Over 400 years ago, the course of history changed when English colonists set out across the Atlantic bound for the “New World.” But for the Wampanoag people, this land was old, storied and contained everything they had ever known. At the Fuller Craft Museum, 10 artists were brought together to explore the depth and history of this event with its “Another Crossing: Artists Revisit the Mayflower Voyage” exhibition, on view through October 10.
For artists Annette Bellamy, Sonya Clark, David Clarke, Michelle Erickson, Jeffery Gibson, Jonathan James-Perry, Jasleen Kaur, Christien Meindertsma, Katie Schwab and Allison Smith, this was no simple task.
“The implications of the Mayflower crossing are so far-reaching that they are difficult to comprehend,” said Glenn Adamson, exhibition curator. “The voyage is both a national origin story and, given the widespread devastation of the Indigenous population that resulted, an event to mourn.”
As a result, “Another Crossing” is a nuanced and layered exhibition with each artist reflecting on their own relationship to the colonist’s arrival in Patuxet, the region now known as Plymouth.
James-Perry, who is Aquinnah Wampanoag, was “the projects historian, interlocutor, and conscience.” His piece, “Bear Witness,” greets visitors as they enter the Anne Abrams Stone Gallery.
“Bear Witness” is a mishoon — a dugout canoe hollowed using flames —that hangs above “Another Crossing.” The mishoon’s course is due East – back to Europe. It mirrors the Mayflower’s original journey, but instead of bringing travelers, it brings medicine intended to heal a sick society that was “so hurt that it felt the need to strip my ancestors of what belonged to them,” said James-Perry, in an accompanying statement.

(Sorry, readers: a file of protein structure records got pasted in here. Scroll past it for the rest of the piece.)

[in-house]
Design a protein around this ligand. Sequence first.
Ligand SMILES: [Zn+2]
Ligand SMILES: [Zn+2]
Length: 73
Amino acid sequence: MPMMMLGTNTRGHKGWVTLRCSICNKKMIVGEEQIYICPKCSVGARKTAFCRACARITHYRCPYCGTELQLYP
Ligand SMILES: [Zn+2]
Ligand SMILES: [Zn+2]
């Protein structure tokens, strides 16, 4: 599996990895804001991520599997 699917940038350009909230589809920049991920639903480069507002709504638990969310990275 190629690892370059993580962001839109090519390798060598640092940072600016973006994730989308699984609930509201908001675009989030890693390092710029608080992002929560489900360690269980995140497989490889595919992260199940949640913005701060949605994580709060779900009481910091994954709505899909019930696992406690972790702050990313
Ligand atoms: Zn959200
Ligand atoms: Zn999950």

Each item in “Another Crossing” can be viewed as a historical artifact, having been made with techniques and materials available to those living during the time of the Mayflower crossing. These works of art are imbued with meaning and symbolism — snapshots of 17th century experiences viewed through a lens that has four centuries of hindsight and history.
The works themselves stand on their own as examples of fine craftsmanship with intricate beadwork in Gibson’s “The Past as Future Artifact”; detailed carving in the boat forms of Annette Bellamy’s collaboration with six Indigenous artists; and inventive uses for lead and human hair in Sonya Clark’s “Power Tools: press / text / land / language,” 2020, and David Clarke’s “Poor Trait,” respectively.
“Another Crossing” is an exhibit best enjoyed in quiet contemplation. Visitors, if they are of European descent, will encounter a lot of cultural baggage that might be difficult to confront.
This exhibit plainly shows that this country was founded on the backs of others and “Another Crossing” asks visitors one question: “What is my ancestor’s role in this story, how has this patterned my existence, and how do I ensure a better future?”
(“Another Crossing: Artists Revisit the Mayflower Voyage” is on display until October 10 at the Fuller Craft Museum, 455 Oak Street Brockton, Massachusetts. The museum is open Tuesday through Sunday from 10 a.m. to 5 p.m. Admission is free for Brockton residents with a recommended donation of $12 for all other guests. Visitors are asked to wear a face mask inside the museum. For more information, visit fullercraft.org or call (508) 588-6000.)